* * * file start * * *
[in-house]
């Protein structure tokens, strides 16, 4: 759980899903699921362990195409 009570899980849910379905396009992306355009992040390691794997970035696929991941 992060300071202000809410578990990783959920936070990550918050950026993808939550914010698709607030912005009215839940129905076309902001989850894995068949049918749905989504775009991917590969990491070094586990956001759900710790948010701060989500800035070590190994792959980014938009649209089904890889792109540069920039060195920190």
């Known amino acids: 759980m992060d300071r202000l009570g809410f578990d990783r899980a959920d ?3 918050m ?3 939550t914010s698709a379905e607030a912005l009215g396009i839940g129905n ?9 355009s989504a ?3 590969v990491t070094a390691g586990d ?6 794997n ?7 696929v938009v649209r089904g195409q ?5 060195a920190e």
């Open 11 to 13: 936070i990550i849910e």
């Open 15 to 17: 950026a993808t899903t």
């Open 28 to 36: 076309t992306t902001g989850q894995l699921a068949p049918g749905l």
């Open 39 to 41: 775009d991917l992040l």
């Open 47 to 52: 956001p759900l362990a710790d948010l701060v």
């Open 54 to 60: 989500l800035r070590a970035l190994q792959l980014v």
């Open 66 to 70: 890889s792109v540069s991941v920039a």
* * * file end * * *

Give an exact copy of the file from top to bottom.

[in-house]
């Protein structure tokens, strides 16, 4: 759980899903699921362990195409 009570899980849910379905396009992306355009992040390691794997970035696929991941 992060300071202000809410578990990783959920936070990550918050950026993808939550914010698709607030912005009215839940129905076309902001989850894995068949049918749905989504775009991917590969990491070094586990956001759900710790948010701060989500800035070590190994792959980014938009649209089904890889792109540069920039060195920190």
């Known amino acids: 759980m992060d300071r202000l009570g809410f578990d990783r899980a959920d ?3 918050m ?3 939550t914010s698709a379905e607030a912005l009215g396009i839940g129905n ?9 355009s989504a ?3 590969v990491t070094a390691g586990d ?6 794997n ?7 696929v938009v649209r089904g195409q ?5 060195a920190e």
């Open 11 to 13: 936070i990550i849910e």
């Open 15 to 17: 950026a993808t899903t």
């Open 28 to 36: 076309t992306t902001g989850q894995l699921a068949p049918g749905l």
């Open 39 to 41: 775009d991917l992040l």
């Open 47 to 52: 956001p759900l362990a710790d948010l701060v």
């Open 54 to 60: 989500l800035r070590a970035l190994q792959l980014v």
């Open 66 to 70: 890889s792109v540069s991941v920039a």